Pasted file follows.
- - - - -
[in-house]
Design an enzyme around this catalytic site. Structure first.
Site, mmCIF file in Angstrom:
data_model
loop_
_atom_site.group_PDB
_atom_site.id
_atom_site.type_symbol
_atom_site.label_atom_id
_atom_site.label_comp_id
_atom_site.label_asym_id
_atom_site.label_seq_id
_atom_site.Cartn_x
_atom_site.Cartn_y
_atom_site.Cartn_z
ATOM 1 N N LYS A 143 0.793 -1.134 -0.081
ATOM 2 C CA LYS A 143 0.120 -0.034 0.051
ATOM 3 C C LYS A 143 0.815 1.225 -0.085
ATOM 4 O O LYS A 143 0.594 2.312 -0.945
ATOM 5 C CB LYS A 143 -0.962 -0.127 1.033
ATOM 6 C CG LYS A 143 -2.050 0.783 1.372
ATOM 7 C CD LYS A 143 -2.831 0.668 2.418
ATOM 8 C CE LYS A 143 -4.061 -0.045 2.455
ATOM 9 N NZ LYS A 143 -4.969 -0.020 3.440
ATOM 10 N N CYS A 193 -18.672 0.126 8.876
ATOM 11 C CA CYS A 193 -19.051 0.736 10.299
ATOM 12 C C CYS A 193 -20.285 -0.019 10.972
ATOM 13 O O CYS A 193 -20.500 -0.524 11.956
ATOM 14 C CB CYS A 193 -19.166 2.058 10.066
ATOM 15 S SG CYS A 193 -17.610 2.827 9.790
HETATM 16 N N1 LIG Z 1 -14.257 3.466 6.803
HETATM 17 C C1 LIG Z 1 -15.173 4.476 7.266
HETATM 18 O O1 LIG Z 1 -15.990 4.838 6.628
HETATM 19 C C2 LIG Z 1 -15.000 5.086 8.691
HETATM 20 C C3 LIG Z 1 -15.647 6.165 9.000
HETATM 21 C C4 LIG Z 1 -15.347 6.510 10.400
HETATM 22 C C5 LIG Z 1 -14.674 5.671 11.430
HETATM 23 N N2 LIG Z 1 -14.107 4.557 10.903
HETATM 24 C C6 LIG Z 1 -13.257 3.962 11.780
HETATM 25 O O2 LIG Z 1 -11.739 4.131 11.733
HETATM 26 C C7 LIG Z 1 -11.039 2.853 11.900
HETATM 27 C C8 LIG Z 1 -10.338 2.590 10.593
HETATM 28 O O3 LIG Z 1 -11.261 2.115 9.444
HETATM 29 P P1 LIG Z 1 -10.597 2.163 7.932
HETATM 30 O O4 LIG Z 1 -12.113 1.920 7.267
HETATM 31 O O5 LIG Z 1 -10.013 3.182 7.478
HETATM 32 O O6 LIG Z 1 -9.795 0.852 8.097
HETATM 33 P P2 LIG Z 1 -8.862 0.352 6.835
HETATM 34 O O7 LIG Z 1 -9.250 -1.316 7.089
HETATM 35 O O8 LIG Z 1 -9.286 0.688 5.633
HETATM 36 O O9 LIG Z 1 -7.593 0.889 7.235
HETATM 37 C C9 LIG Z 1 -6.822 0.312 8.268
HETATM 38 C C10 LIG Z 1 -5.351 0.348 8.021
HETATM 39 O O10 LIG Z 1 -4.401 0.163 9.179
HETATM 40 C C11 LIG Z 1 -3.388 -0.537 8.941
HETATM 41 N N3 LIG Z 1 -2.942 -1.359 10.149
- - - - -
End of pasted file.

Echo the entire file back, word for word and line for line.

[in-house]
Design an enzyme around this catalytic site. Structure first.
Site, mmCIF file in Angstrom:
data_model
loop_
_atom_site.group_PDB
_atom_site.id
_atom_site.type_symbol
_atom_site.label_atom_id
_atom_site.label_comp_id
_atom_site.label_asym_id
_atom_site.label_seq_id
_atom_site.Cartn_x
_atom_site.Cartn_y
_atom_site.Cartn_z
ATOM 1 N N LYS A 143 0.793 -1.134 -0.081
ATOM 2 C CA LYS A 143 0.120 -0.034 0.051
ATOM 3 C C LYS A 143 0.815 1.225 -0.085
ATOM 4 O O LYS A 143 0.594 2.312 -0.945
ATOM 5 C CB LYS A 143 -0.962 -0.127 1.033
ATOM 6 C CG LYS A 143 -2.050 0.783 1.372
ATOM 7 C CD LYS A 143 -2.831 0.668 2.418
ATOM 8 C CE LYS A 143 -4.061 -0.045 2.455
ATOM 9 N NZ LYS A 143 -4.969 -0.020 3.440
ATOM 10 N N CYS A 193 -18.672 0.126 8.876
ATOM 11 C CA CYS A 193 -19.051 0.736 10.299
ATOM 12 C C CYS A 193 -20.285 -0.019 10.972
ATOM 13 O O CYS A 193 -20.500 -0.524 11.956
ATOM 14 C CB CYS A 193 -19.166 2.058 10.066
ATOM 15 S SG CYS A 193 -17.610 2.827 9.790
HETATM 16 N N1 LIG Z 1 -14.257 3.466 6.803
HETATM 17 C C1 LIG Z 1 -15.173 4.476 7.266
HETATM 18 O O1 LIG Z 1 -15.990 4.838 6.628
HETATM 19 C C2 LIG Z 1 -15.000 5.086 8.691
HETATM 20 C C3 LIG Z 1 -15.647 6.165 9.000
HETATM 21 C C4 LIG Z 1 -15.347 6.510 10.400
HETATM 22 C C5 LIG Z 1 -14.674 5.671 11.430
HETATM 23 N N2 LIG Z 1 -14.107 4.557 10.903
HETATM 24 C C6 LIG Z 1 -13.257 3.962 11.780
HETATM 25 O O2 LIG Z 1 -11.739 4.131 11.733
HETATM 26 C C7 LIG Z 1 -11.039 2.853 11.900
HETATM 27 C C8 LIG Z 1 -10.338 2.590 10.593
HETATM 28 O O3 LIG Z 1 -11.261 2.115 9.444
HETATM 29 P P1 LIG Z 1 -10.597 2.163 7.932
HETATM 30 O O4 LIG Z 1 -12.113 1.920 7.267
HETATM 31 O O5 LIG Z 1 -10.013 3.182 7.478
HETATM 32 O O6 LIG Z 1 -9.795 0.852 8.097
HETATM 33 P P2 LIG Z 1 -8.862 0.352 6.835
HETATM 34 O O7 LIG Z 1 -9.250 -1.316 7.089
HETATM 35 O O8 LIG Z 1 -9.286 0.688 5.633
HETATM 36 O O9 LIG Z 1 -7.593 0.889 7.235
HETATM 37 C C9 LIG Z 1 -6.822 0.312 8.268
HETATM 38 C C10 LIG Z 1 -5.351 0.348 8.021
HETATM 39 O O10 LIG Z 1 -4.401 0.163 9.179
HETATM 40 C C11 LIG Z 1 -3.388 -0.537 8.941
HETATM 41 N N3 LIG Z 1 -2.942 -1.359 10.149